A Conversation with Dr. Peggy Drexler
Author of Our Father, Ourselves: Daughters, Fathers, and the Changing American Family

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A Conversation with Dr. Peggy Drexler

Author of OUR FATHERS, OURSELVES:
Daughters, Fathers, and the Changing American Family


Q: Your provocative new book OUR FATHERS, OURSELVES reveals that all women have “daddy’s girl” issues that impact their relationships with men throughout their lives. What led you to write this book now?

Dr. Peggy Drexler: For centuries, fathers were locked in the roles of provider and protector. Just as their job was to toughen their sons to prevail in the world, it was also their job to hand off their daughters to husbands. Today, women are educating themselves and making their way in the world of work, often modeling themselves more on their fathers than on their mothers, and looking to their fathers for guidance in their careers. I was eager to learn how a daughter’s connection with the first man in her life changes when she looks up to him not only as daddy but also as a role model.

Q: You found that women, regardless of their level of professional success or how content they feel in their marriages and families— despite everything they have achieved — still have not liberated themselves from the need for daddy’s approval. Why?

Dr. Peggy Drexler: A father is the first man a girl gets to know on intimate terms. He’s bigger and stronger than mommy, and in many families, wields the most power. He’s around less often, and the little girl learns early on to understand her father’s absences as evidence of his eminence in the outside world: if he’s so important out there, he must be worth pleasing here, at home. Many daughters idealize their fathers because they don’t know them well enough to see their weaknesses, their vulnerabilities, their flaws. The father’s fallibility remains elusive, and his daughter, perceiving his strengths but not his frailties, desires his approval.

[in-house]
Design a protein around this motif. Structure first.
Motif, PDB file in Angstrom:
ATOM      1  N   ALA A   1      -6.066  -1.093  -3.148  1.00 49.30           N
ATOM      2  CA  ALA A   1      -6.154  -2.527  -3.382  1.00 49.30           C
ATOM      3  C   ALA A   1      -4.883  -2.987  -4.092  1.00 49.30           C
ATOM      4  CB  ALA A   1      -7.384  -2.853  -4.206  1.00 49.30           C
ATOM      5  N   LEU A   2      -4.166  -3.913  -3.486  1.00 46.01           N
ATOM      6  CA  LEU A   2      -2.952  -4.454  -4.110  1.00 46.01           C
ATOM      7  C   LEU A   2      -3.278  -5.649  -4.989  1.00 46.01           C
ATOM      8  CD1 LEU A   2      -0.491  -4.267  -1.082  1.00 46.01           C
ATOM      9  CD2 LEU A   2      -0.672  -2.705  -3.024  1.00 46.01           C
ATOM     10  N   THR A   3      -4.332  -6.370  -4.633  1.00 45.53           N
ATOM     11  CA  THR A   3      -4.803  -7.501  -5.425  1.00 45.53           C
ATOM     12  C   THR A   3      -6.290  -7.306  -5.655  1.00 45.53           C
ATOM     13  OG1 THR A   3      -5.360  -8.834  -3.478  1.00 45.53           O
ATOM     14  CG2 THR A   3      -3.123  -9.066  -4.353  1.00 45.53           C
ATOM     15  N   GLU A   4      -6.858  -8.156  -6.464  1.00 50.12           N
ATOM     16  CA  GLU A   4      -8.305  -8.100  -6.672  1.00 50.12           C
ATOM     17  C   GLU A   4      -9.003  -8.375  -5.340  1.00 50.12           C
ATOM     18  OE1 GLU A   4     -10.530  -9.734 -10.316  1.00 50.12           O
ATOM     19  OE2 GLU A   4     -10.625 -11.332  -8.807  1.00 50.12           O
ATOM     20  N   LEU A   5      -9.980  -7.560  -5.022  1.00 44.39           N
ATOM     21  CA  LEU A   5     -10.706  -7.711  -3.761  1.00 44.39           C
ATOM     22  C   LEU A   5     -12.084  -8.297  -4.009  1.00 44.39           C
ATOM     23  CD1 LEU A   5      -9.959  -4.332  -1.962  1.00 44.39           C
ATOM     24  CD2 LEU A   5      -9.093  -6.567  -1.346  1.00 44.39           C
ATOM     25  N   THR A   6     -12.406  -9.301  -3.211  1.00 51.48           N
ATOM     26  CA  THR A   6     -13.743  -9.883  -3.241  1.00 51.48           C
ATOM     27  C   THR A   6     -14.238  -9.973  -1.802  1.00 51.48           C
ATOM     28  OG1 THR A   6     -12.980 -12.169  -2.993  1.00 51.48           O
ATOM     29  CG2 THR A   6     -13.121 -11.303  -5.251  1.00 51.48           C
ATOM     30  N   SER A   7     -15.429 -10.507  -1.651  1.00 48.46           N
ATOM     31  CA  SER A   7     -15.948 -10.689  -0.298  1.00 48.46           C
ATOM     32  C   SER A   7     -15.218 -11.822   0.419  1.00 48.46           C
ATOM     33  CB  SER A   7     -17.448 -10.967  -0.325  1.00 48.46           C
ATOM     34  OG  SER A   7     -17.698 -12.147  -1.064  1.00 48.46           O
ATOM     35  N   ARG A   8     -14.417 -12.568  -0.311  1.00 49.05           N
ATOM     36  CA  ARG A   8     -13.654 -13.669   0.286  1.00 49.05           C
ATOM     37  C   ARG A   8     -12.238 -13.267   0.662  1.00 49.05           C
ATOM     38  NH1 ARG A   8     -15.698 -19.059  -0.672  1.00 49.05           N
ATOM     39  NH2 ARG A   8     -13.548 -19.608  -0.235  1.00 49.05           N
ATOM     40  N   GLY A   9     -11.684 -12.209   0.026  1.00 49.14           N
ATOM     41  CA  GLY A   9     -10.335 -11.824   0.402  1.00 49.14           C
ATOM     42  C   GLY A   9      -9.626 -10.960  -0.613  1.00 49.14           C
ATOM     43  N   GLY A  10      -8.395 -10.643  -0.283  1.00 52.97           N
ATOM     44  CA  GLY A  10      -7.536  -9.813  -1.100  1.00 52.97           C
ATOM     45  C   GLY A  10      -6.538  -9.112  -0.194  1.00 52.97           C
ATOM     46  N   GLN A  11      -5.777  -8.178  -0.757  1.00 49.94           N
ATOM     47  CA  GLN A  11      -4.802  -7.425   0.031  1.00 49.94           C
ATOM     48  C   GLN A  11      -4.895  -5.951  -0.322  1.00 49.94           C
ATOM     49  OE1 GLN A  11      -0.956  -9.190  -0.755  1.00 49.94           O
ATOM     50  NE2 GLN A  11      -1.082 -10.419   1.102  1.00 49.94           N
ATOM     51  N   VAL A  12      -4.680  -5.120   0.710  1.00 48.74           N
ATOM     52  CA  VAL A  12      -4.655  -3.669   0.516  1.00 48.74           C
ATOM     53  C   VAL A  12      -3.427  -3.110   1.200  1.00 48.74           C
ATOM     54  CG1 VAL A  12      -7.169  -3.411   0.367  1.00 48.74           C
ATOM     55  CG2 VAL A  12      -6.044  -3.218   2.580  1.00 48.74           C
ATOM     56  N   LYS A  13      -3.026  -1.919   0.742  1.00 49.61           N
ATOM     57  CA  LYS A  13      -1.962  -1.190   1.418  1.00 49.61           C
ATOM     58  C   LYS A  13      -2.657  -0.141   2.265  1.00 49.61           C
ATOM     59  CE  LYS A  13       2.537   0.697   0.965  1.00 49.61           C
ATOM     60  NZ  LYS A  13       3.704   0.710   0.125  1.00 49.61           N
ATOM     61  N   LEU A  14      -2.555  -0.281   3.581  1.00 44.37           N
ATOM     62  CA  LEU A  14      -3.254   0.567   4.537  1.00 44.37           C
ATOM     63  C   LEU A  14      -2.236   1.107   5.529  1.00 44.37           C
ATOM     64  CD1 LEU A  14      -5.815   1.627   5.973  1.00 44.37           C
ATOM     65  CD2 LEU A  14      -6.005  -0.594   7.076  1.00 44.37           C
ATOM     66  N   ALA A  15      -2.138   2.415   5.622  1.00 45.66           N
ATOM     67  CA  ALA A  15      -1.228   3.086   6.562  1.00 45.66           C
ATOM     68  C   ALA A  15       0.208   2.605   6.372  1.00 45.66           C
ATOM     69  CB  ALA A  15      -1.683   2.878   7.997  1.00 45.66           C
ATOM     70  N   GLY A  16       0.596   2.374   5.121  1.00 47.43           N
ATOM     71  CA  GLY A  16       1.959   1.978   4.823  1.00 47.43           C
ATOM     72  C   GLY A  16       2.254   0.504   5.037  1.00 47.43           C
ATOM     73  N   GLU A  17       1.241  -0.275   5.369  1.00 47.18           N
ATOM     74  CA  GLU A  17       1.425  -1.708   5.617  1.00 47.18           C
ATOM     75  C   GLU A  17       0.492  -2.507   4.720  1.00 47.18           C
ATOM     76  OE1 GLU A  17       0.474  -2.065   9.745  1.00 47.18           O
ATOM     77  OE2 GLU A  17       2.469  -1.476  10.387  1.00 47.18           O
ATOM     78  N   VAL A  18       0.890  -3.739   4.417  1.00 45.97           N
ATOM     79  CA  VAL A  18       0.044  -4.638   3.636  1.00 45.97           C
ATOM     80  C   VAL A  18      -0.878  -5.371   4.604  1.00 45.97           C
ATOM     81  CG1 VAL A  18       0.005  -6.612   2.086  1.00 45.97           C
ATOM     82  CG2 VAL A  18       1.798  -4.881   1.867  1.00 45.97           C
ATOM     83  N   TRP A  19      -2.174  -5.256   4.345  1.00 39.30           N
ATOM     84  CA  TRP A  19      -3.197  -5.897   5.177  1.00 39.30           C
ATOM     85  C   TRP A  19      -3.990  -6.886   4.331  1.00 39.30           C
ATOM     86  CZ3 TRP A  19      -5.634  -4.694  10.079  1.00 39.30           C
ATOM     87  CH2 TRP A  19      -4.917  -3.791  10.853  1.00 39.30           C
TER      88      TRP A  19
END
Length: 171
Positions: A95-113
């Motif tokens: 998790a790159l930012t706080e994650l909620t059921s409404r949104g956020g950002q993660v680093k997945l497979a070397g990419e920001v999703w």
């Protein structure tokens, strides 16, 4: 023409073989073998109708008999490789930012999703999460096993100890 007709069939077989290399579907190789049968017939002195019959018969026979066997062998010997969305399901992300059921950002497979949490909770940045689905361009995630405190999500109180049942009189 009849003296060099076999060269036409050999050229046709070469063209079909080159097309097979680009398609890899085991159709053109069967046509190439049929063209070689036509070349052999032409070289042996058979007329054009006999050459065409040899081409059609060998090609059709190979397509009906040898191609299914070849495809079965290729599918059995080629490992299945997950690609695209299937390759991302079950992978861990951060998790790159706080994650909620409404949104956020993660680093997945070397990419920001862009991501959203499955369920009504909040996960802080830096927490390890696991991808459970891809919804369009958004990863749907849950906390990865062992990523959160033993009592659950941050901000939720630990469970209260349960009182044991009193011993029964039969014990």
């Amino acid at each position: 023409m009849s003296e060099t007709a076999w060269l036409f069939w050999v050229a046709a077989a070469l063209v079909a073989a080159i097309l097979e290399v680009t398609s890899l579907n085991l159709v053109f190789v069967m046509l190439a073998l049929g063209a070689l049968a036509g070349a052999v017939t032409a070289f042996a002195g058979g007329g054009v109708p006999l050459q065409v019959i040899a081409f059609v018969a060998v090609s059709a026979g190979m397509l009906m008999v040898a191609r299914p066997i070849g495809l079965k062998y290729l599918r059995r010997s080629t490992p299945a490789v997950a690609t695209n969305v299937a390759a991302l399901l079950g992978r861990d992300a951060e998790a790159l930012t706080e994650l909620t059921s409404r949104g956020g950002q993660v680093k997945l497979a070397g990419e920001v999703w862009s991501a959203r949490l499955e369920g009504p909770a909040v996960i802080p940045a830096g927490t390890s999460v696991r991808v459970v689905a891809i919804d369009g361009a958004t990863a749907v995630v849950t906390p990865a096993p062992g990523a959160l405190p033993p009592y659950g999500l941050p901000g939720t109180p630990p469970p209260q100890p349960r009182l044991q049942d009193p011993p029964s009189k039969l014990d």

Q: You speak about the profound ways that a father can boost a daughter’s career and chances of creating a happy home, or set up roadblocks that she may continue to stumble over, affecting her relationships with men as bosses, business associates, and husbands for her entire life. Can you give some examples?

Dr. Peggy Drexler: One woman I spoke to became a scientist because, from her earliest childhood, her father insisted that she think for herself. When she came home from school, he’d ask her what she’d learned, and when she told him, he’d say, “It’s good to trust your teacher, but what do you think?” Today she’s a physicist working for NASA and thriving in a male-dominated field. At the other extreme was a college-educated professional woman who turned over her paycheck to her husband every week and, while claiming that he never denied her anything she wanted, also said she’d started saving money by walking to work rather than taking the subway. “My dad always wore the pants in the family relationship, and my husband does too,” she said. This woman allowed her husband to dominate the marriage because that’s what she saw her father do.

Q: What are the specific characteristics adult daughters feel are a direct connection to their fathers?